• Saturday, July 13, 2024
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DSTV raises subscription tariff in Nigeria

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DSTV, the South African cable television company, began to send quiet notifications to millions of its Nigerian customers on Thursday, alerting them of a plan to raise their monthly tariff from next month.
The notice followed earlier report this week that Naspers, owners of DSTV and Africa’s largest company by market value, plans to use new products and services to attract more customers to its $58-a-month television offering in Nigeria as a weaker naira increases costs.
The media company paid for some content in US dollars and was therefore vulnerable to exchange rate volatility, John Ugbe, CEO of Multichoice/DSTV Nigeria, said in an interview with Bloomberg last week in Lagos, the commercial capital.
Naspers broadcasts English Premier League soccer and international dramas in Africa through its MultiChoice unit.
Ugbe said the Cape Town-based Naspers was in talks with telecommunication companies about increasing its mobile-television offering in Africa’s biggest economy. “A lot of the content cost is dollar based” and there was a need to increase sales.
“It is for us to continue to make the product better, more affordable and continue to offer options to our subscribers.”
The naira has weakened about 18% against the dollar in the past six months, the worst performer among 24 African currencies tracked by Bloomberg, as oil, which makes up almost all of Nigeria’s exports, plunged. The country is one of Naspers’ three regional TV production hubs on the continent alongside SA and Kenya.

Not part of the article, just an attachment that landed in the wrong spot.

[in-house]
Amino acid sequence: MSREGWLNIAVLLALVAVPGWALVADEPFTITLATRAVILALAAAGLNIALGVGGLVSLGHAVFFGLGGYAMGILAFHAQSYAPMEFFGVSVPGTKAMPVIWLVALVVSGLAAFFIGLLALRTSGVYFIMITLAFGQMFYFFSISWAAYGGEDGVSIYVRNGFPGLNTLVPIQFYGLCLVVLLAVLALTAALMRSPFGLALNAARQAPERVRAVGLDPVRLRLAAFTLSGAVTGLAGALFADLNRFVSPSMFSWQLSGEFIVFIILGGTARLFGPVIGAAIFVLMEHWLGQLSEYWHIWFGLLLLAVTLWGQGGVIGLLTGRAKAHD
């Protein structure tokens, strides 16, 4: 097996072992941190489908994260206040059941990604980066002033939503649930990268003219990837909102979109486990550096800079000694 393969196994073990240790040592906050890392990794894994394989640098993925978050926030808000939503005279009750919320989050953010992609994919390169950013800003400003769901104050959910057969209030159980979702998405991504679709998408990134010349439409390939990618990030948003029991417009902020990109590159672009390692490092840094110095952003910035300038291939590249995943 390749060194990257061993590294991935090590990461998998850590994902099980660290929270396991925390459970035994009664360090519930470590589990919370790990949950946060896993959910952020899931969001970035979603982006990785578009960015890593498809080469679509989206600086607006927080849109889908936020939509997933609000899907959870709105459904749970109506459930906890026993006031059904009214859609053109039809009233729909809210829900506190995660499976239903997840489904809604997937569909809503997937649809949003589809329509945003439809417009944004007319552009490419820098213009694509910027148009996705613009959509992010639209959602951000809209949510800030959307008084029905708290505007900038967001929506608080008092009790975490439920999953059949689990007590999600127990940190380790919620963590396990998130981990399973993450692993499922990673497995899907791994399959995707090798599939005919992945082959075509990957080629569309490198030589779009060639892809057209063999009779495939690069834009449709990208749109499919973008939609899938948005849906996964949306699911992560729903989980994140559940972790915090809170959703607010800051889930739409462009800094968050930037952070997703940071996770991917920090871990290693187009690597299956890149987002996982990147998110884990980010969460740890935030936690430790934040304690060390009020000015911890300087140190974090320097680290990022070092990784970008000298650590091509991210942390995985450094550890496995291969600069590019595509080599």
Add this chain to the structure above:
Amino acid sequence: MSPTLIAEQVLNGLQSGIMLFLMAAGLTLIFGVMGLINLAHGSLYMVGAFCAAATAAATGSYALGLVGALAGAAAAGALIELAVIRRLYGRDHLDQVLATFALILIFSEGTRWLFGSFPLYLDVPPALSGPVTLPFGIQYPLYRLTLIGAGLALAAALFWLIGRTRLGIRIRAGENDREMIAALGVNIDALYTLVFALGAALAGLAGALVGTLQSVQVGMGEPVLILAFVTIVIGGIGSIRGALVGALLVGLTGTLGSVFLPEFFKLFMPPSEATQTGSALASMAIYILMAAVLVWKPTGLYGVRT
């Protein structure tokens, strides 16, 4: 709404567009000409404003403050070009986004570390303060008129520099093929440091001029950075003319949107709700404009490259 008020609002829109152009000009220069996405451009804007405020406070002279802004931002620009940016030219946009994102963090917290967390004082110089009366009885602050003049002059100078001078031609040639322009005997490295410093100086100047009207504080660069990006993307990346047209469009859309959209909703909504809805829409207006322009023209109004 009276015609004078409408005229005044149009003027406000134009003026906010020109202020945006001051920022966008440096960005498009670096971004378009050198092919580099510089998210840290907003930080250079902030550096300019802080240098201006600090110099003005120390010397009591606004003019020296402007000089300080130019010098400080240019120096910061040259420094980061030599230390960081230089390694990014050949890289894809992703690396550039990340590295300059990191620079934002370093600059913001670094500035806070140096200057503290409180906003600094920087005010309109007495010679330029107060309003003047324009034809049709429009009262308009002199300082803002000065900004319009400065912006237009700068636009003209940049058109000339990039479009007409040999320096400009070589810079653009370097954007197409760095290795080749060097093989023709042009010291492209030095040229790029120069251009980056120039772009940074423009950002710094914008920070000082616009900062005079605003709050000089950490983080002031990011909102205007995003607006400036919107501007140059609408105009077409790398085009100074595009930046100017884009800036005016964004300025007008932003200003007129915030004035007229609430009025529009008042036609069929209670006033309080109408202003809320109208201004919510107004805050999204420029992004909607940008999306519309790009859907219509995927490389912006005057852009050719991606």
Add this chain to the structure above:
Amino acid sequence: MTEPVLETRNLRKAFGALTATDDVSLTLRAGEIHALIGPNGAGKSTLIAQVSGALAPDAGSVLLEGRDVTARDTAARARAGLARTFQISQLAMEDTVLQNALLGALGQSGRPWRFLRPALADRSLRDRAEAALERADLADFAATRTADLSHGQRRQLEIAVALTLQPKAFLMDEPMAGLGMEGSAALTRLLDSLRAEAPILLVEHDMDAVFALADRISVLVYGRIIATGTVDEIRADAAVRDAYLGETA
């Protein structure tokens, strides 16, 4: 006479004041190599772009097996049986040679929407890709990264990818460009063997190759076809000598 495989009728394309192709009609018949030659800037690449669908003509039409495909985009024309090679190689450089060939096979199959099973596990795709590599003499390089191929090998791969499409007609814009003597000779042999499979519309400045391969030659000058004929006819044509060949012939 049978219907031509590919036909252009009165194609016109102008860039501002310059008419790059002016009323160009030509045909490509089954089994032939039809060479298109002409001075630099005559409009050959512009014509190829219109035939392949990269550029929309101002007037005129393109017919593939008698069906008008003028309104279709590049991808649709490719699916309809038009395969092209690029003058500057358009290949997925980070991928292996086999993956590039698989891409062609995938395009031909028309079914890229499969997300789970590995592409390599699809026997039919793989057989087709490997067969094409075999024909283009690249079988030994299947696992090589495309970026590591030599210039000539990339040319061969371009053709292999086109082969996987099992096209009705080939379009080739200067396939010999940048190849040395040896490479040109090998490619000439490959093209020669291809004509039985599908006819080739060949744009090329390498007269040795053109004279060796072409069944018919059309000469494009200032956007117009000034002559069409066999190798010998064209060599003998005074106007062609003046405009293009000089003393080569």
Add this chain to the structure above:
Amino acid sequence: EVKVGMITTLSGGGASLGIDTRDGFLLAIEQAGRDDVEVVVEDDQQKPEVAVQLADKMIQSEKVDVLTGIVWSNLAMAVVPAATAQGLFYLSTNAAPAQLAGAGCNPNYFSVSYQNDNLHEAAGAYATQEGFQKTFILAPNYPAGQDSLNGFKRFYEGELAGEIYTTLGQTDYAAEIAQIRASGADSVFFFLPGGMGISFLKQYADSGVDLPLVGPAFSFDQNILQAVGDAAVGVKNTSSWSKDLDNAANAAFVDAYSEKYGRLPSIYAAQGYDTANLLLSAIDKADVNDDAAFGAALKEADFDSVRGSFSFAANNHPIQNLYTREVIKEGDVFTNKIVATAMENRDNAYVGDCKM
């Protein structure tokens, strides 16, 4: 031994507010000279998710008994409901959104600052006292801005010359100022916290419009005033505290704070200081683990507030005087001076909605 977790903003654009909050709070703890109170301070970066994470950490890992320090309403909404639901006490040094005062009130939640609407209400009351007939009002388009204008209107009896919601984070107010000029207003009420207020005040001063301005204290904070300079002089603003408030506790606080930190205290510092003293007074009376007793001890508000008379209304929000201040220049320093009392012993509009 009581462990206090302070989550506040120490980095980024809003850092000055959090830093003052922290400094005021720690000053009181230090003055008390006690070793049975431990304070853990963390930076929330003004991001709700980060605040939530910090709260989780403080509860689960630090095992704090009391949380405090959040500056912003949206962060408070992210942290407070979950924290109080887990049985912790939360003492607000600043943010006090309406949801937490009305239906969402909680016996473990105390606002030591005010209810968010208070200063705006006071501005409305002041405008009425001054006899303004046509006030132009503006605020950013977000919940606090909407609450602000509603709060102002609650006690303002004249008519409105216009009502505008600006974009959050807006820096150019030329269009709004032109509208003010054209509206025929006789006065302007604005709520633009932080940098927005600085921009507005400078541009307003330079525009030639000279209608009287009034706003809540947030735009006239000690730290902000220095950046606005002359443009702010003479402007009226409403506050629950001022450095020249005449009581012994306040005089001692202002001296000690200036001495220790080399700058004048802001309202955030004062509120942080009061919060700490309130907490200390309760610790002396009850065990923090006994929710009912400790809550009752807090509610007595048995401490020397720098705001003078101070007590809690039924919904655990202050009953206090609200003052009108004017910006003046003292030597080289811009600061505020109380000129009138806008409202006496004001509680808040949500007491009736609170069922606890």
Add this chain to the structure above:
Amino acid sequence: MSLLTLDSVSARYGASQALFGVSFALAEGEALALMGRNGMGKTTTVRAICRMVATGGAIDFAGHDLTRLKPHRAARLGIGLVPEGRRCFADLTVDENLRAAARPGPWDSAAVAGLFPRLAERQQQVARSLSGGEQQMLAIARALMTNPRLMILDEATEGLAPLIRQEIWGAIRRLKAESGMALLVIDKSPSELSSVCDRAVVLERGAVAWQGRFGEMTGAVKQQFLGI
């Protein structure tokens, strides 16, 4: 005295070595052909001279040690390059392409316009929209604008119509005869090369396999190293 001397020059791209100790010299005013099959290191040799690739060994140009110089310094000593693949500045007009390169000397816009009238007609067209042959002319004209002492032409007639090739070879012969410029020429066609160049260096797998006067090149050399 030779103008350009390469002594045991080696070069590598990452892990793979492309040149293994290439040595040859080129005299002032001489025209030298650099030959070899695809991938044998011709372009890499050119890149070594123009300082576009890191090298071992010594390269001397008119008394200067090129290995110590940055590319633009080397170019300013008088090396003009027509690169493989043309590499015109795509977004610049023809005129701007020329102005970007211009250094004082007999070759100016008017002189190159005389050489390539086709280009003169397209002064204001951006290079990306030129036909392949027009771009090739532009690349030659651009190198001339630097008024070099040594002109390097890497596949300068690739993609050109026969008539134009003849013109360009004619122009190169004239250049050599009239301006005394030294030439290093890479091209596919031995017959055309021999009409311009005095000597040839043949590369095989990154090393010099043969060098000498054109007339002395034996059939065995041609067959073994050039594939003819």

“We have so many eyes on DSTV,” Ugbe said, referring to viewers of the MultiChoice/DSTV offering, which costs from N1,500 ($7.42) to N11,650 per month depending on the package. He declined to give subscriber numbers, citing a company policy not to break down figures for individual countries.
“The economy is going through a bit of a bleak” period, he said. That “makes business tough, but we’ve been here for 22 years so have been known to survive it”.”
Naspers had more than 8.4-million pay-TV subscribers as of September 30, the Cape Town-based company said in November. The TV unit had sales of R36.3bn in the year through March 2014, an increase of 20%.
Multichoice plans to broadcast its Africa Magic channel, which shows soap operas, movies and documentaries made on the continent, in the local Nigerian Igbo language later this year. That will extend its reach to a third ethnic group in the country after the start of offerings in Hausa and Yoruba.